Teachers: Help identify specific problems in your students’ performances. What might be causing those problems and how can they fix them?
Then comes the drilling. Now that you’ve fixed the problem, you have to make it stick. Playing it wrong 5 times before discovering the problem won’t be erased by playing it right once. We have to be able to play it correctly consistently. One helpful strategy is to repeat a passage until you can play it correctly 5 or 10 time in a row (go back to 1 if you mess up on 5). Muscle memory requires repetition. Stay really focused on exactly what you need to be thinking to get it right while you’re playing. You’re not mostly drilling for your fingers to remember (they won’t), you’re drilling for your brain to remember what to think at that particular spot in order to play it successfully. Our brains must always be engaged!
Ex. I have a difficult leap in Scherzo. I drill this leap first one hand at a time. I try all combinations of the notes of each chord. (For example, I leap from the bottom 3 notes of the first chord to the top 3 of the second). Once I’ve discovered exactly what to think to play it consistently, I drill the leap with both hands until I can play it accurately 5 time in a row.
Students: Don’t let yourself think you’re done when you’ve figured out how to fix a problem. No matter how hard it is to make yourself drill a small section—do it! It will pay off.
Teachers: Occasionally, it might be important to take the time during a lesson to actually do some drilling with your student. Even though time is precious, it could save you lots of time and frustration in the future. Your direction will help your students know how to practice on their own. Setting aside time to drill together will give you the opportunity to share helpful tips for drilling particular kinds of passages.
4) Don’t Waste Time Doing Anything Mindlessly
Drilling can quickly and easily become mindless and boring. Don’t let this happen! How? If you start losing focus, take a short break or move on to something else. Spend small chunks of time on any given task, and alternate so that your mind stays focused. If your goal is to play a particular passage 5 times in a row correctly, intersperse that drilling with drilling of another passage. Play passage A once or twice, then play passage B, then come back to A. Try other ways of varying your practice, such as alternate tempos and rhythms.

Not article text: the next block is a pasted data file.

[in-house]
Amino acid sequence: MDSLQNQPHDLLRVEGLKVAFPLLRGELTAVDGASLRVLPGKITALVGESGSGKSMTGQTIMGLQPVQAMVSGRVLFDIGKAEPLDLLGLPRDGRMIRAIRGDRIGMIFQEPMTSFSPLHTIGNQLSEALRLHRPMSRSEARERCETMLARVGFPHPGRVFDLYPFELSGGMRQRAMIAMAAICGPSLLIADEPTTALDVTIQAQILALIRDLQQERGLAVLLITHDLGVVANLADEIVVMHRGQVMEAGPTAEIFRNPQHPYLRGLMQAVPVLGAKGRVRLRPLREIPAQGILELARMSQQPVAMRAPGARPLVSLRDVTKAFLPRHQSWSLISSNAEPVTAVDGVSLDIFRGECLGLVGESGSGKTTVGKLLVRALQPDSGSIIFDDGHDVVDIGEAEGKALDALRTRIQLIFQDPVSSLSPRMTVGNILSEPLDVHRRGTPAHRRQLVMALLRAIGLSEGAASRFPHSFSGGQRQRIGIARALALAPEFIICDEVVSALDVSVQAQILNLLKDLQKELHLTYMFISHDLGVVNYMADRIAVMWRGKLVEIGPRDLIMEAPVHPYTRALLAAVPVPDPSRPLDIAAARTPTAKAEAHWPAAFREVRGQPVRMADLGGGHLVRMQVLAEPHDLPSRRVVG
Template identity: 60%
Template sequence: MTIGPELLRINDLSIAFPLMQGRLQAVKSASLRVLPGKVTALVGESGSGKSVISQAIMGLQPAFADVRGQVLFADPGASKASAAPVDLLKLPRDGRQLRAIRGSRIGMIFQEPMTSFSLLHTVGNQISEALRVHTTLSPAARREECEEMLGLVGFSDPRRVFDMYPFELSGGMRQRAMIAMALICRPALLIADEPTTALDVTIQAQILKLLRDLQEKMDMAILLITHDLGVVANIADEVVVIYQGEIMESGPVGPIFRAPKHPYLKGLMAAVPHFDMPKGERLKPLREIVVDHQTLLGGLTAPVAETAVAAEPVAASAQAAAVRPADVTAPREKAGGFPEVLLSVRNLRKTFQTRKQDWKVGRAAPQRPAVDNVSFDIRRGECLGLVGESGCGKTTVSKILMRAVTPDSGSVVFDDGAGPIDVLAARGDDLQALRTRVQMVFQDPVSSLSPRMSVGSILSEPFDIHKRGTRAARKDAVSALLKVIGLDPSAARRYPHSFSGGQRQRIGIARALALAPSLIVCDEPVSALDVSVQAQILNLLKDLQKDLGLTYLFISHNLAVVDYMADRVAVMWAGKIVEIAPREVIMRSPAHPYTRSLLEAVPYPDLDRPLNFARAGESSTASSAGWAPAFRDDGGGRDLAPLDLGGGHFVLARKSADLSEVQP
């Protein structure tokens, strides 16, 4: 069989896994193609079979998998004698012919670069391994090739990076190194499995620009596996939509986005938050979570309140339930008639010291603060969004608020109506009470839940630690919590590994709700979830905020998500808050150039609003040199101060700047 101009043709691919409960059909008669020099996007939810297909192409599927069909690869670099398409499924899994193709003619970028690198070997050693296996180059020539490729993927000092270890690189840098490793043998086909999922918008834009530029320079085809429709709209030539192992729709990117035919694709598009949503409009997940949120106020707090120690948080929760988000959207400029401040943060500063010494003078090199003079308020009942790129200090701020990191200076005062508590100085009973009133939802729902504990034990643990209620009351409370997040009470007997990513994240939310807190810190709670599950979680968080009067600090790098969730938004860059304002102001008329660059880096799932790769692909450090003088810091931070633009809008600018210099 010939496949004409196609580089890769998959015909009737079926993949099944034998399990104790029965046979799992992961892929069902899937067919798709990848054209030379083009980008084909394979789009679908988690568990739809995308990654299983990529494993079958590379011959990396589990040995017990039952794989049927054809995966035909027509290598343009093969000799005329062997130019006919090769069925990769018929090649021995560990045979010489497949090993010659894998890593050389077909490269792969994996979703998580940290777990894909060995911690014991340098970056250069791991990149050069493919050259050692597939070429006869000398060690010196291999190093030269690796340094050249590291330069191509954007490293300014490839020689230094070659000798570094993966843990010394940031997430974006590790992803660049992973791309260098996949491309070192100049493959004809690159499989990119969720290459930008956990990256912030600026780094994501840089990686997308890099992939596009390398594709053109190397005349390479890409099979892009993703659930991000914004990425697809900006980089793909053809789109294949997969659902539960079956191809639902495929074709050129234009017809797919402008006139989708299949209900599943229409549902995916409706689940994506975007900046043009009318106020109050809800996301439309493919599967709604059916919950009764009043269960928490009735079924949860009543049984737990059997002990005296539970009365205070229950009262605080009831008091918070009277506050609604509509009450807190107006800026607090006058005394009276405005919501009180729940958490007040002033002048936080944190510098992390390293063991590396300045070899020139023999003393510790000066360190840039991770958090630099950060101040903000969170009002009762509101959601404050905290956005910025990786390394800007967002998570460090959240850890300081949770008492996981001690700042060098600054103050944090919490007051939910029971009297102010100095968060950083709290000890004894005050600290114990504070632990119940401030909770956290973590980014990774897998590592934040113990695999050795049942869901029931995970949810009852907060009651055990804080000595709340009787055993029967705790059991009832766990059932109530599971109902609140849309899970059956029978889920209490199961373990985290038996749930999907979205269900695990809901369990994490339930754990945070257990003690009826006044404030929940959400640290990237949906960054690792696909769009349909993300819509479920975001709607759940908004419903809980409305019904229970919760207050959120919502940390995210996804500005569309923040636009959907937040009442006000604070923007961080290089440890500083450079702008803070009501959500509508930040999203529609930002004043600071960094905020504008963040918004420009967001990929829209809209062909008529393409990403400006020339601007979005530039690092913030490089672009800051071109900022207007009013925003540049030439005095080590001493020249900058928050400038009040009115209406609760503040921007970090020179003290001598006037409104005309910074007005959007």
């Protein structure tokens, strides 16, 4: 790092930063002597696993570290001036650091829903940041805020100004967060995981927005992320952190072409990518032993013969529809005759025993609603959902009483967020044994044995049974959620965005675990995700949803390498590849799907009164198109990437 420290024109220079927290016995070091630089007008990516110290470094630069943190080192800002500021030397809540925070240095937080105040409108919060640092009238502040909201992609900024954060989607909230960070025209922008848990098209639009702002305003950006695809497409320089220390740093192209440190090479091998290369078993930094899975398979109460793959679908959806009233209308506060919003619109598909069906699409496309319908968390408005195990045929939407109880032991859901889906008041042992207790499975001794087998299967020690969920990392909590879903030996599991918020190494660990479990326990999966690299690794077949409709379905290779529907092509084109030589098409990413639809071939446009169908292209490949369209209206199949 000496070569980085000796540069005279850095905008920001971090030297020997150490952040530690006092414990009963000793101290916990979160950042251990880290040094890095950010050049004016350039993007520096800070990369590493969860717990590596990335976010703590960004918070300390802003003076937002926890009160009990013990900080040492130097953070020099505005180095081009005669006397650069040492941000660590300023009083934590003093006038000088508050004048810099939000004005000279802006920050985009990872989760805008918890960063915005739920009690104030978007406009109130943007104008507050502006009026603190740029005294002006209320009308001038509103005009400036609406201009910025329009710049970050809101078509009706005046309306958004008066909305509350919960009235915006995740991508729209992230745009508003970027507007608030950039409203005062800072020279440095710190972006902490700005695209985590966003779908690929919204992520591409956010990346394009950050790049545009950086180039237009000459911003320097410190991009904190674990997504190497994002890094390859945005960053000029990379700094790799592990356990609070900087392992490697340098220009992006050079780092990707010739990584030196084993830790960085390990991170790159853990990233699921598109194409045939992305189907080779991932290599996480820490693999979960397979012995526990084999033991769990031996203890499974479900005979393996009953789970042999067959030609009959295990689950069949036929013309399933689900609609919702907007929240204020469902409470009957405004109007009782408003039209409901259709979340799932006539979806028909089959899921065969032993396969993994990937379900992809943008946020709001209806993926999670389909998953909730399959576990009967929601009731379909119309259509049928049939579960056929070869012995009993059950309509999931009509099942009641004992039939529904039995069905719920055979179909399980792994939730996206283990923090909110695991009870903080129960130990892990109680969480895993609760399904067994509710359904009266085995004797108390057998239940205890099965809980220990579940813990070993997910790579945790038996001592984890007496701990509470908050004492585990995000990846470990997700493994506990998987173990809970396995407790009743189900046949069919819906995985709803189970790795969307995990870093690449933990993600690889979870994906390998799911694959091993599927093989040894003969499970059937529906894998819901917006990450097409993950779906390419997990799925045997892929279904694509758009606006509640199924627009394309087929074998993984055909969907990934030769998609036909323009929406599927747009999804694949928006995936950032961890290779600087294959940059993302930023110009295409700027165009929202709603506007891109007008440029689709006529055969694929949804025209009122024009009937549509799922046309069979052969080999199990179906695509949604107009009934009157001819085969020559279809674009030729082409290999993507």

Ex. I’ve been drilling the difficult leap in Scherzo, but I’m losing focus. Instead of continuing mindlessly, I switch to another measure with a challenging run. I drill this run with a long-short rhythm and then come back to the leap. After a little, I switch back to practicing the run with a short-long rhythm.
Students: Divide your daily practice time into smaller chunks. If your goal is to practice 1 hour per day, try doing 20 minutes in the morning, 20 minutes in the afternoon, and 20 minutes in the evening. Find the time of day you have the most energy and schedule your practicing then. If you start getting distracted while you’re practicing, try switching to another piece or another section. If that doesn’t work, take a 5-minute walk and come back.
Teachers: Encourage your students to practice in small chunks of time and give them a variety of things to work on so that they can easily alternate between tasks.
I believe implementing these strategies could save hours of wasted time doing things that just don’t work. We all hate spending hours and hours practicing without getting anywhere. And when life gets busy, it becomes even more important to make the most of every minute we have practicing. Please share any tips you have for efficient practice in the comments sections!